Summer jobs program proposed

PORTLAND — Drawing on the example of the Depression-era Civilian Conservation Corps, Gov. Ted Kulongoski has proposed putting 12,000 unemployed Oregonians to work this summer helping out at food banks, restoring wetlands, cutting brush, and building trails in parks.

The emergency summer jobs program would pay $8.40 to $10 an hour, and the work would last four to six months, he said in a speech at the City Club in Portland.

Local governments, state agencies and nonprofit organizations could offer the entry-level jobs.

He said he would ask the Legislature to tap the state's unemployment insurance trust fund for the $90 million to pay the wages.

The $1.5 billion fund has enough money in reserve to withstand the one-time expense, Kulongoski said in a statement. He said it is not likely to affect the rates employers pay in insurance taxes over the next few years.

"We have a job emergency in Oregon," Kulongoski said. "Over the last four months, this state has been shedding jobs at an alarming rate."

The state's unemployment rate stands at 12.1 percent, second-highest in the nation. New numbers, for April, are expected Monday.

Kulongoski, a Democrat, briefed the legislative leaders of his party late Thursday afternoon. They said Friday they are pleased with the proposal, but it's too early to predict if it will be approved. The Democrats have commanding majorities in both House and Senate.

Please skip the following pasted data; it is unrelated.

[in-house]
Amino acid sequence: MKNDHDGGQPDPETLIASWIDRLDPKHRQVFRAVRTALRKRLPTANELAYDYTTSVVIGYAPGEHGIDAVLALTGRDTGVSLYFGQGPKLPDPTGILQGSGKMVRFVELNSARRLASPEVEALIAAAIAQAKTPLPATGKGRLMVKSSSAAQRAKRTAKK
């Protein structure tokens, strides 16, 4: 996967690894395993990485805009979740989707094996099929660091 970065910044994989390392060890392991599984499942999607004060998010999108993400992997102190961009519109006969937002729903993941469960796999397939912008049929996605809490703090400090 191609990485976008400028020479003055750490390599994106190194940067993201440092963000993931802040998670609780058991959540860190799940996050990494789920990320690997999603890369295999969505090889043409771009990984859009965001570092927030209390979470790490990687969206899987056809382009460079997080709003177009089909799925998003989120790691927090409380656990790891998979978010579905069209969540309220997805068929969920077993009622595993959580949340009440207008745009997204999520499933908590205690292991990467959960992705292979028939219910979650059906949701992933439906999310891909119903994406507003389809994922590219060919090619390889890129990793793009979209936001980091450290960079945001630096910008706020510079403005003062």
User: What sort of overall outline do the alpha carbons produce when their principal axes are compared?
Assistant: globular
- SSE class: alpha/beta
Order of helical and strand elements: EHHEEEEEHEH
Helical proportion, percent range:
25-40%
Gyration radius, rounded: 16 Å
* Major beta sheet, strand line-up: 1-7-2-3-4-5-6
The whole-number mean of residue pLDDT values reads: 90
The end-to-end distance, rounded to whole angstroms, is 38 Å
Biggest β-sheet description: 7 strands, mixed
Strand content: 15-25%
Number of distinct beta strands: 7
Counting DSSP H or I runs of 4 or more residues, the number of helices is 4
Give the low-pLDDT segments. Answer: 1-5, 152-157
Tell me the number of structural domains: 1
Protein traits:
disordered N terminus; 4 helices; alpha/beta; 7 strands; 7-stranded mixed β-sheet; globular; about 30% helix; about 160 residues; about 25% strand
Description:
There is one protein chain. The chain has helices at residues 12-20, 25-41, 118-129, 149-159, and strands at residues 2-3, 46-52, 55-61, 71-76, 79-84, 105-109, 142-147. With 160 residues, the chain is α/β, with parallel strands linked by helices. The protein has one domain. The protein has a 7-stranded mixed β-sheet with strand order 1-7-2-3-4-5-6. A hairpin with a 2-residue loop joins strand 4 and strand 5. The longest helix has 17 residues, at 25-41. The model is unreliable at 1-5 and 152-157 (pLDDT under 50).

Senate President Peter Courtney said he sent Kulongoski's proposal to legislative lawyers to see whether it's legal to use the insurance funds as Kulongoski proposes.

"I think it's a wonderful idea," Courtney said. But, he said, "I don't know enough about it to guarantee it at this point."

The summer jobs effort comes atop both a state-level construction program of nearly $175 million and President Barack Obama's stimulus program.

Oregon, Kulongoski said, needs more effort to get people to work: There are 81,000 unemployed people who have registered with the State Employment Department for entry-level jobs, but fewer than 700 openings are listed.

The Civilian Conservation Corps was one of the best remembered and longest running of President Franklin Roosevelt's New Deal programs, employing hundreds of thousands of young men living in camps. They planted trees, built roads and trails and helped with other construction and conservation efforts.

Many American parks still have lodges, cabins, shelters, scenic lookouts and other structures built by the CCC, which got under way shortly after Roosevelt took office in 1933 and ended after World War II began.

"President Roosevelt gave hope to millions of unemployed Americans ..." Kulongoski said. "We need to take the same kind of immediate action in Oregon."

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